Hodgson is one of the ‘lucky’ few – perhaps an odd term to describe someone who served almost three decades of wrongful incarceration. However, the discovery of fresh evidence is not something that can be guaranteed for every innocent victim of wrongful conviction. Indeed, the Criminal Cases Review Commission, which similarly applies the fresh evidence criteria in deciding whether to refer an application back to the appeal courts, has referred fewer than four per cent of over 13,000 applications it has received since its establishment.

The Innocence Network UK, established at the University of Bristol in September 2004 to facilitate investigations into alleged wrongful conviction has, to date, deemed around 200 prisoners (out of over 1,000 requests for assistance) to have a plausible claim of innocence. Many are convicted on evidence that is dubious to say the least – alleged cell confessions; inconsistent witness testimonies; questionable forensic evidence; and forms of highly circumstantial evidence. Almost all these 200 prisoners have failed in their first appeal – the principal reason being that arguments relating to the unreliability of the evidence that convicted them have already been heard by the jury and, unless fresh evidence is produced, the Court of Appeal is not entitled to go behind the jury’s verdict. Around half of these cases have been refused at least once by the Criminal Cases Review Commission. Despite the questionable circumstances of their convictions, the Criminal Cases Review Commission, whose role is generally confined to a review of fresh evidence, can do little, if anything, to assist them.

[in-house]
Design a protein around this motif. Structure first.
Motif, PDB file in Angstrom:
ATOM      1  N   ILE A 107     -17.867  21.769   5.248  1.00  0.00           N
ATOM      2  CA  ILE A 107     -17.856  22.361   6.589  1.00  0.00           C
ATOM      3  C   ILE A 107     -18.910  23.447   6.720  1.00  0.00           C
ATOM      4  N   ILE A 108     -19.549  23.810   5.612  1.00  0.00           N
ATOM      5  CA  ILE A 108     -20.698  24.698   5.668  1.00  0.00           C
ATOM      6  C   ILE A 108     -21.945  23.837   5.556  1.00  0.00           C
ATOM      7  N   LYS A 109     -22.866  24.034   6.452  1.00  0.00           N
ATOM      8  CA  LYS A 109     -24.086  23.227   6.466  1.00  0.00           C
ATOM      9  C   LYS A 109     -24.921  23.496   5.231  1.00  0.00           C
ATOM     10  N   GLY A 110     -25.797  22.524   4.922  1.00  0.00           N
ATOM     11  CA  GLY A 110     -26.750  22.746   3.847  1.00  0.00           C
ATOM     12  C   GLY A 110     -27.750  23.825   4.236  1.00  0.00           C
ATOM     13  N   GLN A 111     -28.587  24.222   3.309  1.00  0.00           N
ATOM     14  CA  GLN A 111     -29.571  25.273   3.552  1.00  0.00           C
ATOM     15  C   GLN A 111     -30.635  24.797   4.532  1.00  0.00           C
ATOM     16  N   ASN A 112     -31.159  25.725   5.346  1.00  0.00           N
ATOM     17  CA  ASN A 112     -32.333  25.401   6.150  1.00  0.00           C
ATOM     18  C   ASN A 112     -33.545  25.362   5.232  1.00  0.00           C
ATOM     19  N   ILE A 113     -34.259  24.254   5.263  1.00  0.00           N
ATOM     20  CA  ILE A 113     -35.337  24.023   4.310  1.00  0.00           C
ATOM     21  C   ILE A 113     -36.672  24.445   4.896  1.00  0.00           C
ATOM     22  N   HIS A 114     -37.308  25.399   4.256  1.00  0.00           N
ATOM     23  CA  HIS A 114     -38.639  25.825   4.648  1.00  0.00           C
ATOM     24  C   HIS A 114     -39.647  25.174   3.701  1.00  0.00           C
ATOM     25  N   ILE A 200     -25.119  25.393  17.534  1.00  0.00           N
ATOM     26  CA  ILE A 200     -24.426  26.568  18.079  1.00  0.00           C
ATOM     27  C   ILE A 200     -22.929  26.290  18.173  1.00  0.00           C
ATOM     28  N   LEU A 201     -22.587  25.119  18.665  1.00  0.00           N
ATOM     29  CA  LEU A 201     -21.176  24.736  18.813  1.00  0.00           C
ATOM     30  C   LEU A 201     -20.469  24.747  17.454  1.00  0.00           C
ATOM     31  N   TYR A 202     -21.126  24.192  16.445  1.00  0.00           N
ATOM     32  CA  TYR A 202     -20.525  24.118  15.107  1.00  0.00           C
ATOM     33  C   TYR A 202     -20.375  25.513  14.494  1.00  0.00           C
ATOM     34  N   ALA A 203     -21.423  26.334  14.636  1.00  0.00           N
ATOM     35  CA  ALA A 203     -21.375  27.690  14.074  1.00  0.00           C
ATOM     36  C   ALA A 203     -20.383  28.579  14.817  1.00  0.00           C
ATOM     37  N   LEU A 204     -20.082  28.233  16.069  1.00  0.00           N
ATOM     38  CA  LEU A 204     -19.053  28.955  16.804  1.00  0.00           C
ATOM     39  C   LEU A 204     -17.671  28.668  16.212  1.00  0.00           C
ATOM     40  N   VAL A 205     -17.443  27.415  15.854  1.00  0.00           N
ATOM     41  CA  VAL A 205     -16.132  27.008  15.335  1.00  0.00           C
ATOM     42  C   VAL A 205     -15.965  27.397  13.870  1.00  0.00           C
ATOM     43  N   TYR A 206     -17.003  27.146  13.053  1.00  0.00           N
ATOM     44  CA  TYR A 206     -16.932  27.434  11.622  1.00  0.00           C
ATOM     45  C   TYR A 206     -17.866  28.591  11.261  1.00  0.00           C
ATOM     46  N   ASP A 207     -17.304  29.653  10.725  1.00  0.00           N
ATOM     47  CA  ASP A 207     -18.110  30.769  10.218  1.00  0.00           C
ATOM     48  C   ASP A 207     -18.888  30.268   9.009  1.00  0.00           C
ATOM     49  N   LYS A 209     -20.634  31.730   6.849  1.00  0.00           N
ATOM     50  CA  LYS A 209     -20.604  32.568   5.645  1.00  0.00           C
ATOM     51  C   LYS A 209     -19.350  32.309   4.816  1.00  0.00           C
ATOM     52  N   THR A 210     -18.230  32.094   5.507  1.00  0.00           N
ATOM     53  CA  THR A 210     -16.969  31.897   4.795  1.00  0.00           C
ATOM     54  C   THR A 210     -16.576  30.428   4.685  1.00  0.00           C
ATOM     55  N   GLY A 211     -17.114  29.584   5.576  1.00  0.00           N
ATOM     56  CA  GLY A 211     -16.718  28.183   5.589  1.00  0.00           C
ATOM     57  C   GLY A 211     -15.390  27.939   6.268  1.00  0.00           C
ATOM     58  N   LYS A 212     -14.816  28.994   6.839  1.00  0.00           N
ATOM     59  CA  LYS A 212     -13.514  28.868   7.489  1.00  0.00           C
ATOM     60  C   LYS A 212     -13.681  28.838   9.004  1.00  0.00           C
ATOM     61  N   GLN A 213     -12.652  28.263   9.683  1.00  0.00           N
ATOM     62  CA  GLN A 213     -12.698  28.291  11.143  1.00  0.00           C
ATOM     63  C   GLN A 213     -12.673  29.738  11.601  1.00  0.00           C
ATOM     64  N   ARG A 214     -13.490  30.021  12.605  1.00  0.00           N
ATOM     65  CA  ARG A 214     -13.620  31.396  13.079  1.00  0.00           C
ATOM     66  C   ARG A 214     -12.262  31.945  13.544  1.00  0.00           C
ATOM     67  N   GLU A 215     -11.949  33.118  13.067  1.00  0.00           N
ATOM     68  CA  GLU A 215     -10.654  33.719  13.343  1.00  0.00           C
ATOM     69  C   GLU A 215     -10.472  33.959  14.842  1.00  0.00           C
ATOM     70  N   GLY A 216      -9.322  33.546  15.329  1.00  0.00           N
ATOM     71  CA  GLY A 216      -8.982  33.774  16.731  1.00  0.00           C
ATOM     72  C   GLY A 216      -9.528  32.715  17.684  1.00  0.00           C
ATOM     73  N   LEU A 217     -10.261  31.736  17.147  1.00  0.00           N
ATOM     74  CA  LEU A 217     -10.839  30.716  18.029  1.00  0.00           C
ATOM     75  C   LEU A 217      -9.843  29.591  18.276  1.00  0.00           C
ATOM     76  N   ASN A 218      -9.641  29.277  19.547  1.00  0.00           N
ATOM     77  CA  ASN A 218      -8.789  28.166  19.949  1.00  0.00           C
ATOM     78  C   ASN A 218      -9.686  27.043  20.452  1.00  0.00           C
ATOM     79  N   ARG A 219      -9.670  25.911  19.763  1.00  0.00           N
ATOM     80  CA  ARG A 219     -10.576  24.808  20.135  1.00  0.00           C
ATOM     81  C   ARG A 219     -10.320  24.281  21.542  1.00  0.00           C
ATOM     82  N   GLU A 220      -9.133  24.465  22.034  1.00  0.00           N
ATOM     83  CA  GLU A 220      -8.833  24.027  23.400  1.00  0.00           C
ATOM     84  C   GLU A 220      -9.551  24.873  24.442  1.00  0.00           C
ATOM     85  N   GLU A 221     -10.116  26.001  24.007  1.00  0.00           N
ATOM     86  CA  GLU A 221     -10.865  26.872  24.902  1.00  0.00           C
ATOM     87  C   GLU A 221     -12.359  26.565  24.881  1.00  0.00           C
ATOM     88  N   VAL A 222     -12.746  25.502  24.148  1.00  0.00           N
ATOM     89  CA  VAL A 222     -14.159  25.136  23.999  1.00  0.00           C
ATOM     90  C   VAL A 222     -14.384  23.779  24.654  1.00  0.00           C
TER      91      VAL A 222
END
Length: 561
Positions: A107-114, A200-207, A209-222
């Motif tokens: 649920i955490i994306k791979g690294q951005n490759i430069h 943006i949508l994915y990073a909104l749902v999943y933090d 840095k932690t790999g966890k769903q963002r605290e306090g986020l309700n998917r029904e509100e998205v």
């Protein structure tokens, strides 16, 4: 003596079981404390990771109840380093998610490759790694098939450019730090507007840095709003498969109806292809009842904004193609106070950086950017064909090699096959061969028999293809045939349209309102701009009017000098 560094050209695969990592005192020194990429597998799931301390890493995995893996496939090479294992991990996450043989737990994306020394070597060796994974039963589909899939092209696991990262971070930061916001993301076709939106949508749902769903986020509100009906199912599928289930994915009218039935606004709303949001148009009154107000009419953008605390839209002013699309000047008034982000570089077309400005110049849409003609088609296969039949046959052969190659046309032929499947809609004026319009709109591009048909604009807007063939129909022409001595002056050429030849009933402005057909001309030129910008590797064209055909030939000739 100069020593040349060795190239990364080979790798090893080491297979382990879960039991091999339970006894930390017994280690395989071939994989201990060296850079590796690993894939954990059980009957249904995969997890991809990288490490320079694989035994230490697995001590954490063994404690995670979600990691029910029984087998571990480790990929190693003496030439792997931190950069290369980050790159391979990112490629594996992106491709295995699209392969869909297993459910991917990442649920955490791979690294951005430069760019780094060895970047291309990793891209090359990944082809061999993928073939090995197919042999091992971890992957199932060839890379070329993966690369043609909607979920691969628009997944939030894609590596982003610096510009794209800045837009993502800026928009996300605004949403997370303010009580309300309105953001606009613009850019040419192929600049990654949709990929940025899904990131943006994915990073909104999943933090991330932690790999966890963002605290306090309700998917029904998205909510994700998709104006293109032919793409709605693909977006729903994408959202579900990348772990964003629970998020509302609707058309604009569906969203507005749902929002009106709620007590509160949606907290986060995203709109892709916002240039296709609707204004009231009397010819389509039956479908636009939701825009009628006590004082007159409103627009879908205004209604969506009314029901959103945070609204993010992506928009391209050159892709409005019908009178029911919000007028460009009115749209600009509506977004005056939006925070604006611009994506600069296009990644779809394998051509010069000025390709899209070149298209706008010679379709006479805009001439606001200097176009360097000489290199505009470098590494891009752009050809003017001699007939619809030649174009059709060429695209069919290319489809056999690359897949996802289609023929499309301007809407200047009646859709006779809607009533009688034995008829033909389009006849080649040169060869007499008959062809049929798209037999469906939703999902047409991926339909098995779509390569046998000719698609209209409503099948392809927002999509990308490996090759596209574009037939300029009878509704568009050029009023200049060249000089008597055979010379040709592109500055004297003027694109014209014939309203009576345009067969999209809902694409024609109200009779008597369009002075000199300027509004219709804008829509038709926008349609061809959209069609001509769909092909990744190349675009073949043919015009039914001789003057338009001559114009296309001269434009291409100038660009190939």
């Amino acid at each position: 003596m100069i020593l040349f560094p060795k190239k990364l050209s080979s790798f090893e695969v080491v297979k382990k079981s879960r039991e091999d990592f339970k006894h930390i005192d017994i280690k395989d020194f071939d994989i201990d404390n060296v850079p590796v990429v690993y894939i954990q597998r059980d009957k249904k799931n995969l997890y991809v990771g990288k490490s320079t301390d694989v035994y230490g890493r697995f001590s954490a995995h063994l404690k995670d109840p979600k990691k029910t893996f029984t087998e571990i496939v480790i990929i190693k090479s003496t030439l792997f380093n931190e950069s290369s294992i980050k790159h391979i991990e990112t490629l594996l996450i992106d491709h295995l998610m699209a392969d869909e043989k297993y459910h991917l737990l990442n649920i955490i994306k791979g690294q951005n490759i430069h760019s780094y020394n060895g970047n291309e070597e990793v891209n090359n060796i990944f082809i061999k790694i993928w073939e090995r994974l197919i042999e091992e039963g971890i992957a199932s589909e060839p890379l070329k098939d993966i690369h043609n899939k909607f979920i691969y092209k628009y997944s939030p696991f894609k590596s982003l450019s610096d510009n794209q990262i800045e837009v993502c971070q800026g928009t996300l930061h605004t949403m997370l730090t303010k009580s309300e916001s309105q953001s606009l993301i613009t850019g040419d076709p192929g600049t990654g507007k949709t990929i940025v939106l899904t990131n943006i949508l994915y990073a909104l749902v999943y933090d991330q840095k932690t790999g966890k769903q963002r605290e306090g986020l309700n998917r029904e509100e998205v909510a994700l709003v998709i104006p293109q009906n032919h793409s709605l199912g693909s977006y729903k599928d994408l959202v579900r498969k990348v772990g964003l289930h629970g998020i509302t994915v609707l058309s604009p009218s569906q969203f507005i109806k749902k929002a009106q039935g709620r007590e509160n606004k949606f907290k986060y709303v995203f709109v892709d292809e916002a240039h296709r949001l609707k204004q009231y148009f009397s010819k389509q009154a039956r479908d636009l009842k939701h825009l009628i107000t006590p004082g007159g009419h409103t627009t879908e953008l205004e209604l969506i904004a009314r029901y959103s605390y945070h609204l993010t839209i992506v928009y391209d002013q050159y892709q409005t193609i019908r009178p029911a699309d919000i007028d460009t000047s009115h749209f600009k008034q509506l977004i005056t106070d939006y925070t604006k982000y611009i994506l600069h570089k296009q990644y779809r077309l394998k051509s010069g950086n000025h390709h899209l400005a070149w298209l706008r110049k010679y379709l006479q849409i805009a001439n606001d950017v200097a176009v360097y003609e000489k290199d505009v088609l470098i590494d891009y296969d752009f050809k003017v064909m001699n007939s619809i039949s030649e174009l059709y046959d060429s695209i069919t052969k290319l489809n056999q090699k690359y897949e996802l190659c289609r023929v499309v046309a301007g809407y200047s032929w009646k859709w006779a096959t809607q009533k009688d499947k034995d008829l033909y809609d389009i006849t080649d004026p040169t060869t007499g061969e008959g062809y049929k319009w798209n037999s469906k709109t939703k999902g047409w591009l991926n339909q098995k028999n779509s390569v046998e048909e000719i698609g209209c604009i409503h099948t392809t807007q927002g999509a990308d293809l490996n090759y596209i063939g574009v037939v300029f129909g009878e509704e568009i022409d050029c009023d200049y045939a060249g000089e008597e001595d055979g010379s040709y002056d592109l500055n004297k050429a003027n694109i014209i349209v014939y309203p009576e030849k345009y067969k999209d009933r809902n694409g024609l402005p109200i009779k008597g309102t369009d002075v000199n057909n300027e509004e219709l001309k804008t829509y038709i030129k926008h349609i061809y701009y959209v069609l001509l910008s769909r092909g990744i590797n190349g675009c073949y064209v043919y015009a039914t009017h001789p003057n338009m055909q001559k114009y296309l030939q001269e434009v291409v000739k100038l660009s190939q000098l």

However, returning to the case of Hodgson, it should not have required fresh evidence in the form of a DNA exoneration to quash his conviction 27 years later. He was convicted mainly on his own confession, which we knew then and certainly more so in the last two decades, to be an inherently unreliable form of evidence. Hodgson’s conviction should arguably have been overturned much earlier on the basis of his questionable confession alone. Yet, without the miraculous discovery of the DNA evidence, Hodgson would most certainly still be trapped within the prison system.

If there is anything that Hodgson’s wrongful conviction has taught us it is that justice should not be dependent on the luck of finding fresh evidence. If the overriding concern of the Court of Appeal and the Criminal Cases Review Commission is truly about safeguarding the innocent, then the requirement for fresh evidence should not be a barrier for revisiting the convictions of those who might be.

Gabe Tan is Executive Director of the Innocence Network UK (INUK)